Penha Longa in Portugal, site of an ultraconservative rival to Pope Francis' Assisi conference on the economy

110 bishops conspire in “secret” ultraconservative rival to Francis economy conference

110 bishops have conspired in Portugal in a “secret” ultraconservative rival to the conference Pope Francis has planned on a more sustainable economy.

Driving the news

The Portuguese religious affairs website 7Margens reported January 28 on what it called, quoting sources present, the “discreet, confidential, private, friendly [and] informal” meeting of 110 bishops from 42 countries from January 22-25 in the Hotel Penha Longa, in Sintra, on the Portuguese Riviera.

The invitation came from the Acton Institute for the Study of Religion and Liberty, an ultraconservative US-based think-tank which has long criticised what it sees as Pope Francis’ incompetence on economic and ecological issues.

At least three cardinals took place in the ultraconservative Acton meet in Sintra, according to 7Margens, though the website could only confirm the name of one: the Ethiopian Catholic Archbishop of Addis Abeba, Berhaneyesus Souraphiel.

A second cardinal there was Mexican, perhaps the Archbishop of Guadalajara, Francisco Robles Ortega.

Go deeper

7Margens met with a certain reluctance among the Acton meet participants it had contact with to nail down precisely what was discussed at the ultraconservative conclave.

Insisting on the discreet and “informal” nature of the event, however, those participants did let slip that the Acton meet was above all an opportunity for “study, discussion and the exchange of experiences”, above all on the theme: “Faith, reason and social justice”.

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On the agenda, then, were the world’s “socio-economic and demographic imbalances and the role of faith in the construction of social justice”. In other words, “the ethical deficit” in today’s world, which leads to “corruption, injustice and inequality”.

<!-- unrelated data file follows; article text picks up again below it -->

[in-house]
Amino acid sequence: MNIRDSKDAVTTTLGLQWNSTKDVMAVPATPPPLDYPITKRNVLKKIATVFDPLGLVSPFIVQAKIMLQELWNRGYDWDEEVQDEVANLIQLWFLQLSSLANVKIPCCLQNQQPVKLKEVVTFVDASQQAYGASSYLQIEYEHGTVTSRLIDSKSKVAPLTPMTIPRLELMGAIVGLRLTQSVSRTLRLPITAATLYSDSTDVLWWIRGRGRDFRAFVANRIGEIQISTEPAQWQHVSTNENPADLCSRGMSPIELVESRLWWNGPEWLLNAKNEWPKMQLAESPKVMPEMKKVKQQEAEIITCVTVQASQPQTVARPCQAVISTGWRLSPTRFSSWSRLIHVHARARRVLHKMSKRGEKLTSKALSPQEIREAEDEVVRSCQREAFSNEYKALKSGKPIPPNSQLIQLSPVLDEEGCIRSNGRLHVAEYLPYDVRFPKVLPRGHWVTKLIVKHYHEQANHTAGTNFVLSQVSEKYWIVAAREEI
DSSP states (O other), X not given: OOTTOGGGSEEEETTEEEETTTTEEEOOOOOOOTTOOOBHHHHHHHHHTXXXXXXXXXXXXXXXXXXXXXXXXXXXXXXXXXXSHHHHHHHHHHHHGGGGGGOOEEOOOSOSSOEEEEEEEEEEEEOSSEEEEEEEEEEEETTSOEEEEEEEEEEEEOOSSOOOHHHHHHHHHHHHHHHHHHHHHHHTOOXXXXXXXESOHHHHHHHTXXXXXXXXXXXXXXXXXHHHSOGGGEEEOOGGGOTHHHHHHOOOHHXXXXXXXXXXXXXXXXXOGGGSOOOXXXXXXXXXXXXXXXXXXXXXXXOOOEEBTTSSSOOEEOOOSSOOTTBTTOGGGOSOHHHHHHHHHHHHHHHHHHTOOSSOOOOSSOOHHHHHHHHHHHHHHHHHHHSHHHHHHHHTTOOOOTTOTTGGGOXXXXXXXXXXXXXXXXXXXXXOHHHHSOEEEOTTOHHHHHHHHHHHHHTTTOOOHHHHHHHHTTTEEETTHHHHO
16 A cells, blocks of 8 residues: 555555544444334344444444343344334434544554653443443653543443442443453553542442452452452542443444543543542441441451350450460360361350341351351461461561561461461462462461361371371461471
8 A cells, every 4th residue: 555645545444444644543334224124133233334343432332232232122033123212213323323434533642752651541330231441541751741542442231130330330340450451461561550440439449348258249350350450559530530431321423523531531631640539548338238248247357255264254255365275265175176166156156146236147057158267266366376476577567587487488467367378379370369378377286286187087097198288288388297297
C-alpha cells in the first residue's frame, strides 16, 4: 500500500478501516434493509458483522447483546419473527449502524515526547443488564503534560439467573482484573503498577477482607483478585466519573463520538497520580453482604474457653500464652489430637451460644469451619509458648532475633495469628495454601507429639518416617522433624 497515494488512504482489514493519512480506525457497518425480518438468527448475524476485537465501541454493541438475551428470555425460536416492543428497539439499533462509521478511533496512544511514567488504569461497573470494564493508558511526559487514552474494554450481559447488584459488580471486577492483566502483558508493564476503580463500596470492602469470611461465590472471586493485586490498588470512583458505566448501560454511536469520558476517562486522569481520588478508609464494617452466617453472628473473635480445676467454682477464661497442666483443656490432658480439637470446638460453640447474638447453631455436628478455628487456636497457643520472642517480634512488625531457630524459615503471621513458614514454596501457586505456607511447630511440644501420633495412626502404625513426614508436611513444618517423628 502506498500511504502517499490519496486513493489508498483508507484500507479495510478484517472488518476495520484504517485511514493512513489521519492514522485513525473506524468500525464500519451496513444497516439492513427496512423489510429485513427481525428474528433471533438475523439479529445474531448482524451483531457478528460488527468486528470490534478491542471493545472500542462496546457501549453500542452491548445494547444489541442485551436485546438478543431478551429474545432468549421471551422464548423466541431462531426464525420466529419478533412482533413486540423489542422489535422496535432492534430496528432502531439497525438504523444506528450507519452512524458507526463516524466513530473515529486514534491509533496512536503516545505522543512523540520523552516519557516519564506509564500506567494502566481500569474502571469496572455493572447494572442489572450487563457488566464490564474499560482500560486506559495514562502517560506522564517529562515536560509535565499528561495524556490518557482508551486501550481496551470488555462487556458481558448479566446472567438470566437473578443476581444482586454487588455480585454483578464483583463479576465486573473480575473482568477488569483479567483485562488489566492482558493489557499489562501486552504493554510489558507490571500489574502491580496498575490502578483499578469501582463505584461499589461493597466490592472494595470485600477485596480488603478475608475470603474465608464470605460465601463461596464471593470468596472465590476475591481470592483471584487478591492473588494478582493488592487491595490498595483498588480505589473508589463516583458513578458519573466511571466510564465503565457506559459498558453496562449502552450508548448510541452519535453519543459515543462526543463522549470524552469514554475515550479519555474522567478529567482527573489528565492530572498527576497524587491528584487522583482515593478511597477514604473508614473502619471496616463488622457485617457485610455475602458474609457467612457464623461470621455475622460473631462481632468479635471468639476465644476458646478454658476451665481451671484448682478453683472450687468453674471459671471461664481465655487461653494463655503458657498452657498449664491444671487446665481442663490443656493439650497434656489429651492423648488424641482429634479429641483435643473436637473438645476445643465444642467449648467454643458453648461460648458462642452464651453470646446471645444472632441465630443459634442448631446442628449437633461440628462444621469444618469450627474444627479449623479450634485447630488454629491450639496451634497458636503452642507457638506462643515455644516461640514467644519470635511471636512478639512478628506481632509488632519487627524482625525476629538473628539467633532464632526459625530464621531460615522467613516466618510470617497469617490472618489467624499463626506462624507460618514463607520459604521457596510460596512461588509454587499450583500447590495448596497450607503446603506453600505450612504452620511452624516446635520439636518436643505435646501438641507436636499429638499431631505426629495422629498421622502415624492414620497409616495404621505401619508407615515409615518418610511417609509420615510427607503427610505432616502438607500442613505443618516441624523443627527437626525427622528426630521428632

Those are precisely the themes Pope Francis wants to work on at the “Economy of Francesco” meet in Assisi from March 26-28.

The gist of what was discussed at the Acton conference in Sintra can be gleaned from the words of one African bishop present, speaking to 7Margens:

“It is necessary to form families, because of the tendency for the number of children to decrease. In the West, there are more and more families without children but with pets and the family is disappearing; in Asia, families are getting older and older; and in Africa, the tendency is also to reduce the number of children”, that African prelate said, reflecting on studies on the future of the family in fifty years.

Why it matters

With the 42 countries the bishops came from for the Sintra conference – the US, Chile, Mexico, Angola, Ethiopia, Pakistan, and nations of the Middle East among them – nearly all continents were represented.

Latin Americans prelates were in the majority, followed by Africans and Asians, and to a lesser extent Europeans and Americans.

The Cardinal-Patriarch of Lisbon, Manuel Clemente, was invited to the Sintra event, but did not attend. One of the participants 7Margens spoke to said Clemente “sent a message” to the conference, but a Lisbon diocesan source denied that claim.

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Another prelate who declined an invitation to the Acton conference was new Portuguese nuncio Ivo Scapolo.

Scapolo did, however, make time to meet with bishops at the meet from his former posting, Chile – a country in which Scapolo has attracted relentless criticisms for his role in clergy sex abuse scandals.

Also on the agenda of the Sintra meet of bishops, at least for some prelates, was a pilgrimage to Fátima.

Although again, as at the conference, secrecy and discretion were the order of the day at the Marian shrine, to the extent to which the prelates’ presence there was neither confirmed nor announced officially.

For the record

Why all this insistence on “privacy”, “confidentiality” and “discretion” – in the words of the participants themselves – at the Sintra meet?

7Margens‘ sources refused to go into detail, other than to confirm that the imposition of secrecy came at the request of the Acton Institute organisers, who didn’t answer 7Margens‘ requests for more information.

On Saturday 25 – that is, the last day of the Acton meet – 7Margens said it tried to speak by phone with one of the bishops who was still in Penha Longa.

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To the website’s inquiries as to whether the bishop in question was still at the hotel and whether the Acton event had finished. it received only the answer that that was “confidential” information.

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Cameron Doody

Director and editor at Novena
PhD in ancient Jewish/Christian history and philosophy. Lecturer in ethics at Loyola University Maryland, Alcalá de Henares (Spain) campus. Religion journalist with 4 years experience.